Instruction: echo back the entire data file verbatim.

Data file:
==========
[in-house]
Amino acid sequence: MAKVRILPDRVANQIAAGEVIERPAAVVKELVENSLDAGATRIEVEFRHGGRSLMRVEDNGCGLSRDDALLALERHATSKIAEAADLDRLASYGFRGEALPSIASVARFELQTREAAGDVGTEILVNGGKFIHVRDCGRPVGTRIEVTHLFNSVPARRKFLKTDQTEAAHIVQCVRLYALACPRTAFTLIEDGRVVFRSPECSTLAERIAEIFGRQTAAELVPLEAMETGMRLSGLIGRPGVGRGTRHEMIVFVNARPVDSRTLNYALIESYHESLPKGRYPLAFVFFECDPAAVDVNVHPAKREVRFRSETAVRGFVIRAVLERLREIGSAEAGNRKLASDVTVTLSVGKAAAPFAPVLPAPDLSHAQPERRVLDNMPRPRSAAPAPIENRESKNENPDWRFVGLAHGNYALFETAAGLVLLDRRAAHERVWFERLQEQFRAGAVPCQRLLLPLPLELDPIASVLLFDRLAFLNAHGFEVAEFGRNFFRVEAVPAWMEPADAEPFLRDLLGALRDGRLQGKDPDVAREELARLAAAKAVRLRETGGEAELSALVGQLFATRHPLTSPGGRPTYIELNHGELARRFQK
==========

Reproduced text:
[in-house]
Amino acid sequence: MAKVRILPDRVANQIAAGEVIERPAAVVKELVENSLDAGATRIEVEFRHGGRSLMRVEDNGCGLSRDDALLALERHATSKIAEAADLDRLASYGFRGEALPSIASVARFELQTREAAGDVGTEILVNGGKFIHVRDCGRPVGTRIEVTHLFNSVPARRKFLKTDQTEAAHIVQCVRLYALACPRTAFTLIEDGRVVFRSPECSTLAERIAEIFGRQTAAELVPLEAMETGMRLSGLIGRPGVGRGTRHEMIVFVNARPVDSRTLNYALIESYHESLPKGRYPLAFVFFECDPAAVDVNVHPAKREVRFRSETAVRGFVIRAVLERLREIGSAEAGNRKLASDVTVTLSVGKAAAPFAPVLPAPDLSHAQPERRVLDNMPRPRSAAPAPIENRESKNENPDWRFVGLAHGNYALFETAAGLVLLDRRAAHERVWFERLQEQFRAGAVPCQRLLLPLPLELDPIASVLLFDRLAFLNAHGFEVAEFGRNFFRVEAVPAWMEPADAEPFLRDLLGALRDGRLQGKDPDVAREELARLAAAKAVRLRETGGEAELSALVGQLFATRHPLTSPGGRPTYIELNHGELARRFQK